Europe faces further Mo-99 supply woes

December 22, 2008

The production of molybdenum-99 at the High Flux Reactor in Petten, the Netherlands, is unlikely to restart in February 2009 as had been planned, according to the facility’s operators, the Nuclear Research and Consultancy Group.

The production of molybdenum-99 at the High Flux Reactor in Petten, the Netherlands, is unlikely to restart in February 2009 as had been planned, according to the facility's operators, the Nuclear Research and Consultancy Group.

The HFR, one of two main sources of Mo-99 in Europe, has been out of action since mid-August when gas bubbles were found escaping into the reactor's cooling system. The cause of the leak was subsequently traced to corrosion between an external pipe and its concrete casing.

Engineers hope to seal the leak by inserting a sleeve into the pipe. But when a detailed repair plan was drawn up, it became evident that the process would take much longer than expected.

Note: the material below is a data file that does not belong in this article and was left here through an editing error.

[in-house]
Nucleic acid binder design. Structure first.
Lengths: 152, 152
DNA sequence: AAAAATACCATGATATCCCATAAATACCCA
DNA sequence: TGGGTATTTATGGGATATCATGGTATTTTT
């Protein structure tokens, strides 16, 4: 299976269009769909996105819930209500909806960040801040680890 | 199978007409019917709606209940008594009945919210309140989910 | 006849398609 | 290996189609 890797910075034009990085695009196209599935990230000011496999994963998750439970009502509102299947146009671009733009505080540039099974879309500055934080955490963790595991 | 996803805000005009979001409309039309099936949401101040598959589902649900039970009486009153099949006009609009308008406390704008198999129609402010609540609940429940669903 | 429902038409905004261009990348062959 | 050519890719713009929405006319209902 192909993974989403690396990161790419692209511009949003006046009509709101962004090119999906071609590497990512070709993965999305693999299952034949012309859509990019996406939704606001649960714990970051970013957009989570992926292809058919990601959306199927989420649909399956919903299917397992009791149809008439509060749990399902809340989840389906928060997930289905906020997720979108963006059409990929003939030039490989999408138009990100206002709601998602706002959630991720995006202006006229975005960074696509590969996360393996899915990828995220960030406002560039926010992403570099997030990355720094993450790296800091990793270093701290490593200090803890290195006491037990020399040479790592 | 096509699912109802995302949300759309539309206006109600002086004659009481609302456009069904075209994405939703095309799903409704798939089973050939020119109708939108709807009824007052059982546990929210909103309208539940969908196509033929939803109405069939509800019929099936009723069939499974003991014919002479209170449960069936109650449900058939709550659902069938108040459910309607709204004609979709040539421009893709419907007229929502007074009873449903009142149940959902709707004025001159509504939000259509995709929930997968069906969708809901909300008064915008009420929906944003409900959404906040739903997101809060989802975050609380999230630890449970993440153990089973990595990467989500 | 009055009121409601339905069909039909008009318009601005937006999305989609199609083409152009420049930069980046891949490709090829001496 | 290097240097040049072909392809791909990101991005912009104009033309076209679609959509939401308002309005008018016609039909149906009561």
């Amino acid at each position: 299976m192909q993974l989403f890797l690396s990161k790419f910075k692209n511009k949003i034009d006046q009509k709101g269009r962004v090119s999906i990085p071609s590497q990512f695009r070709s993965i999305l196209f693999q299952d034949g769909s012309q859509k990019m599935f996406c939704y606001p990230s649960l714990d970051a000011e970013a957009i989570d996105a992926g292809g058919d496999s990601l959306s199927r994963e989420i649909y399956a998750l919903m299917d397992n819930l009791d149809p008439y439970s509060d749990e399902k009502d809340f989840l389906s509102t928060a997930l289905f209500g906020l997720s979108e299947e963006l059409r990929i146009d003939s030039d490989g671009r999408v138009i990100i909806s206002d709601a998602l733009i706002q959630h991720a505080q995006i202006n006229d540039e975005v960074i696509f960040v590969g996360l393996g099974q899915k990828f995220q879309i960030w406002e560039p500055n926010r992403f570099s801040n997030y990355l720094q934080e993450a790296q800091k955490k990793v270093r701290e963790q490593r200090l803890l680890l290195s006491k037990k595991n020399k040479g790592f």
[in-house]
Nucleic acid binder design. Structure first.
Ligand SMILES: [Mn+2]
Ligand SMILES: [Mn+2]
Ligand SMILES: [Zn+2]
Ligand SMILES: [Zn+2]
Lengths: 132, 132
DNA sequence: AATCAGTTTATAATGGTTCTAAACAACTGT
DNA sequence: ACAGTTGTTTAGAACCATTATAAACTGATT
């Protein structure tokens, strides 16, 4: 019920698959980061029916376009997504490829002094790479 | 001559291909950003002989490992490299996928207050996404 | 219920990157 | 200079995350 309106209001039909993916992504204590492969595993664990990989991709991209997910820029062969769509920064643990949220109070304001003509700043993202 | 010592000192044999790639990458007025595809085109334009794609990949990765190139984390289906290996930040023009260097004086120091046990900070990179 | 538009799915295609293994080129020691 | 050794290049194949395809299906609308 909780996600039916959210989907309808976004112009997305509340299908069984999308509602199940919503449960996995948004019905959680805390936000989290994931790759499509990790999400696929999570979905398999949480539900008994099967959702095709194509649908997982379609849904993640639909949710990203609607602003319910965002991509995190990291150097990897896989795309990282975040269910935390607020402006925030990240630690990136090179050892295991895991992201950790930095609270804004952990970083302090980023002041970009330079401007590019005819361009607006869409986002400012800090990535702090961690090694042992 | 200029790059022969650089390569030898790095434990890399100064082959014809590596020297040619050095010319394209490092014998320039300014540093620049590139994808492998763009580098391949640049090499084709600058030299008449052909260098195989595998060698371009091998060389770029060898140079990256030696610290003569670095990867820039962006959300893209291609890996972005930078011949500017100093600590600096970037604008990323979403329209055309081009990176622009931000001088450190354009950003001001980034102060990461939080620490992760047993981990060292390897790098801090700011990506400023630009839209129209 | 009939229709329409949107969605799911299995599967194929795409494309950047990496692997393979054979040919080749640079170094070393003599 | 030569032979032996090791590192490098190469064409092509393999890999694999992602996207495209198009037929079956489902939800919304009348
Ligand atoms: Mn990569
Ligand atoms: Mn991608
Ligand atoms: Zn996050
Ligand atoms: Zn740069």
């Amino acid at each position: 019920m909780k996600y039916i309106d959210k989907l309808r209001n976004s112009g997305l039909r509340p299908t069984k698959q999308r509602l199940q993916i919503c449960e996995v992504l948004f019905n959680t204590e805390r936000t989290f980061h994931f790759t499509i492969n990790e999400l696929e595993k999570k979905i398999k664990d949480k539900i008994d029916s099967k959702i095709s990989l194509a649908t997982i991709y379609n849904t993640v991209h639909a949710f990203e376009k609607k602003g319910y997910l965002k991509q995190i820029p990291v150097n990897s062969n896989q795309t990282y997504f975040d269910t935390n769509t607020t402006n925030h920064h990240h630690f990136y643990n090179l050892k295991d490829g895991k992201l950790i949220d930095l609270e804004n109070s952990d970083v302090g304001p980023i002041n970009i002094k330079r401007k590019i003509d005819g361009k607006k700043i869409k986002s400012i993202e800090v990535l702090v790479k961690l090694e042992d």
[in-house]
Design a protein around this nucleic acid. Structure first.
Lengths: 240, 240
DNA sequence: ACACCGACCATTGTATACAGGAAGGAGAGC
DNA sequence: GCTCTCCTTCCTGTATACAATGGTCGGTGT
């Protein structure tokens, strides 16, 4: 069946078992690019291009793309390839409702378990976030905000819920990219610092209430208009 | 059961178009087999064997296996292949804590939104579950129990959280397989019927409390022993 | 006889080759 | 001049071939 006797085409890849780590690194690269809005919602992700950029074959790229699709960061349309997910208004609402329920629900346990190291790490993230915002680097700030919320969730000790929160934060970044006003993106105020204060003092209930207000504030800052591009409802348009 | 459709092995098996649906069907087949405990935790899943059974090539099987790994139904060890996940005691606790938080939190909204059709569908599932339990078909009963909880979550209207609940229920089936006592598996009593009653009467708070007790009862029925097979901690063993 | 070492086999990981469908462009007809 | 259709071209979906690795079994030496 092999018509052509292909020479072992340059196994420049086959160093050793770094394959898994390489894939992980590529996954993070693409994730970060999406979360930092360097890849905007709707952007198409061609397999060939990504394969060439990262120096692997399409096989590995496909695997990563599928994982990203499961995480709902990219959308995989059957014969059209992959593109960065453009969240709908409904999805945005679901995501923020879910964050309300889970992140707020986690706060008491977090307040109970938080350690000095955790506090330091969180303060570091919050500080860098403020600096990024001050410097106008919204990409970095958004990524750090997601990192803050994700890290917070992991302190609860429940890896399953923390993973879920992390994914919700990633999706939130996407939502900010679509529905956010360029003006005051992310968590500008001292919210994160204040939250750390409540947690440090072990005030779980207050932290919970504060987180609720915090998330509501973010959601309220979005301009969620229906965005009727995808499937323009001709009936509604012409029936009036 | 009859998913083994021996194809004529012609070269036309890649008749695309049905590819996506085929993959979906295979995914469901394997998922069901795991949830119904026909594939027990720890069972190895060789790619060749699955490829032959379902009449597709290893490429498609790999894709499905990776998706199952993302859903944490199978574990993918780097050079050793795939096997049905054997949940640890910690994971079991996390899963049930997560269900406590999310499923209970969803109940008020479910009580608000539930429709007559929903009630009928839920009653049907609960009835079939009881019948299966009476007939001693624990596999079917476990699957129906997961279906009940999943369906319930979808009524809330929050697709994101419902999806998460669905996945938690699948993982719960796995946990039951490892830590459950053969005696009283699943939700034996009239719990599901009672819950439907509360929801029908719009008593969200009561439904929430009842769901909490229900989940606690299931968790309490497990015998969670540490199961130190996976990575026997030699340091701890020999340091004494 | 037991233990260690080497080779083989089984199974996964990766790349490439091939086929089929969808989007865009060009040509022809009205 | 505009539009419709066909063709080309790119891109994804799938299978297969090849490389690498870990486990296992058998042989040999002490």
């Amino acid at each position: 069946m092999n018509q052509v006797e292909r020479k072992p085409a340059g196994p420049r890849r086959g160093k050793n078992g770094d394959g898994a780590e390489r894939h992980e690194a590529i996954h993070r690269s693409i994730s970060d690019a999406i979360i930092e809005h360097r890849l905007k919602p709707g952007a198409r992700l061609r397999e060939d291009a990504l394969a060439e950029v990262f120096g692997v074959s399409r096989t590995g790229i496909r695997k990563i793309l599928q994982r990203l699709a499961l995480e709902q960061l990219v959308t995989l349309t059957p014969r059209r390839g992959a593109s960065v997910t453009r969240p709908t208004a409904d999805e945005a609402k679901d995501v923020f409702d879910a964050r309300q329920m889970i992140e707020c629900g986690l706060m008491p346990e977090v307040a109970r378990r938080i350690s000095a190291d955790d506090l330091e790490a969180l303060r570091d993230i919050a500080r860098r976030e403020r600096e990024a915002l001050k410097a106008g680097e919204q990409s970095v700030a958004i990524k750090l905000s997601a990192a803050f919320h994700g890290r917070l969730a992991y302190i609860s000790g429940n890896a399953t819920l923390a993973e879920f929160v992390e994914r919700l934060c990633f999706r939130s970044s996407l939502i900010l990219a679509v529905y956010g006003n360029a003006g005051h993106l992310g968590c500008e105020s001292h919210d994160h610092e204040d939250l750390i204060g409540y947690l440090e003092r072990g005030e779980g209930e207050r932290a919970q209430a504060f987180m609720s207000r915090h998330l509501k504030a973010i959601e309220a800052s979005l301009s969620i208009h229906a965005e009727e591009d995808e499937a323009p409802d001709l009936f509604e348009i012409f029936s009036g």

"The placement of a sleeve into the cooling system cannot be completed by mid-February as earlier anticipated but will take a few months longer," a spokesperson for the NRG told Diagnostic Imaging. "This extra time is necessary to complete the required qualification of materials and testing of the application procedures."

The NRG is now investigating whether the HFR could be restarted at an earlier date using unspecified "alternative measures."

Nuclear medicine services throughout Europe have already faced disruption to supplies of technetium-99m, the daughter nuclide of Mo-99, while the HFR has been offline. Another crunch in Tc-99m availability is expected in early January when imaging services resume their normal workloads after the holiday break.

Europe's other main producer of Mo-99, the BR-2 reactor in Mol, Belgium, closed for routine maintenance on Dec. 10 and will not restart until Jan. 13, 2009.